Social media can be an incred­i­ble tool for your busi­ness if you add it to your busi­ness mar­ket­ing plan. And Social media mar­ket­ing pro­vides a direct way to reach the audi­ence and build a good net­work so this net­work can make a big impact on your chances of being suc­cess­ful.

But most of the time peo­ple can’t under­stand the basic objec­tive or use of each plat­form. Every social media has a dif­fer­ent pur­pose, dif­fer­ent tar­get, and dif­fer­ent algo­rithms.

To tar­get your audi­ence you need to under­stand what your goals are and what your audi­ence wants to see. And to do all this stuff you need to pre­pare a social media mar­ket­ing strat­e­gy as per the social media plat­forms. With­out a strat­e­gy, it’ll be hard to achieve results on social media. Social media is an essen­tial ingre­di­ent to aware the audi­ence about your brand.

Three incred­i­bly cru­cial plat­forms among the many out there are of course Face­book, Linkedin, and Twit­ter.

Here are some pri­ma­ry dif­fer­ences between social media plat­forms and what you need to know as far as build­ing your mar­ket­ing strat­e­gy:

Know the purpose of each platform

Face­book allows busi­ness­es to do pro­mo­tions direct­ly, con­nect with cus­tomers and reach the audi­ence. Through Face­book pages, they can make a pres­ence of their brands and post con­tent such as any news, new launch, offer deals, intro­duce prod­ucts and man­age cus­tomer ser­vice rela­tion­ships. But you can’t do more pro­mo­tion because peo­ple don’t like to see pro­mo­tion­al con­tent again and again after some time they will start to ignore you.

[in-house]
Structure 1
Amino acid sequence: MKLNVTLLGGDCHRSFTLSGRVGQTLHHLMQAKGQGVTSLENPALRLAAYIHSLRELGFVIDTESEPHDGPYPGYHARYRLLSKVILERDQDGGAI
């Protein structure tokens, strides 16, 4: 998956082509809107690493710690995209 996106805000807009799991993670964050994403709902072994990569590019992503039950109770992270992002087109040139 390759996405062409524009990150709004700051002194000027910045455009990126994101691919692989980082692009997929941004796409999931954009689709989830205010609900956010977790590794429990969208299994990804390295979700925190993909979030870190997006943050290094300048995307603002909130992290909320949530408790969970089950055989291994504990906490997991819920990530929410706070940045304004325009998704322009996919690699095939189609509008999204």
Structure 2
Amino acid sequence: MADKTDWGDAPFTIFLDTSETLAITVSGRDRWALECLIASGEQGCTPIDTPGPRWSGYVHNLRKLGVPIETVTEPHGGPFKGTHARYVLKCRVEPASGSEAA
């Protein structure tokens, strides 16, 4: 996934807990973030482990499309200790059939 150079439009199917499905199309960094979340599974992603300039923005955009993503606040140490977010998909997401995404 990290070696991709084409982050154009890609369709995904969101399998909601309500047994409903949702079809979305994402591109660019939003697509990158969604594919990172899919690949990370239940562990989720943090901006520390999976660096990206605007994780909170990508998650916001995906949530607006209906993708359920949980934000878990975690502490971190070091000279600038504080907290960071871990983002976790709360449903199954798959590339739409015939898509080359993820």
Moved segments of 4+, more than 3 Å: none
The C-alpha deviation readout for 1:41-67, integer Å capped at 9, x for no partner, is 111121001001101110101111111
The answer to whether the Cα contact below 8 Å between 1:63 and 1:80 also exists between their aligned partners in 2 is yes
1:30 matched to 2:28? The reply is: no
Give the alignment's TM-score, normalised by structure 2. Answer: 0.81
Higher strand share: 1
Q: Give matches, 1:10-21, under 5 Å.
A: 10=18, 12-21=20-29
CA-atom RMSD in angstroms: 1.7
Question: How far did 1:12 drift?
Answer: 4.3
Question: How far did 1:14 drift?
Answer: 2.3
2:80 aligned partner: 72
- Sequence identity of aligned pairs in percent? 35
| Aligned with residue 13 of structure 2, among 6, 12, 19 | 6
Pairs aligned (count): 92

On the oth­er hand, Linkedin is a plat­form where you can make rela­tion­ships between two indi­vid­u­als and two businesses/organizations. Linkedin allows you to make peo­ple or your net­work under­stand about your work/job, your busi­ness, your growth, and achieve­ment in your work­ing sec­tors.

On Twit­ter is not a plat­form where you can sell some­thing or do self-pro­mo­tion if you try to do this thing it will quick­ly label you as spam­mers and abusers. On twit­ter, you can get a lot of traf­fic where you can iden­ti­fy what’s on the mind of your tar­get mar­ket, their needs through their reac­tions. On Twit­ter, peo­ple are more inter­est­ed to do con­ver­sa­tion through com­ments as well as watch oth­er users’ con­ver­sa­tions.

Understand what people are searching for on each platform

Each plat­form has a dif­fer­ent search­ing pow­er and the audi­ence has a dif­fer­ent search­ing pur­pose. To attach or con­nect with your audi­ence you need to post con­tent that peo­ple are crav­ing to con­sume. On Twit­ter, peo­ple find out the con­tent and they search by using mul­ti­ple key­words and they engage with tweets. Also on Linkedin peo­ple search for con­tent but most of the audi­ence search to whom they want to con­nect because it is a plat­form where you can make a good busi­ness net­work. On Face­book peo­ple are look­ing for some per­son­al con­tent, what their friends are shar­ing. You will get the search result on the basis of your Face­book activ­i­ty.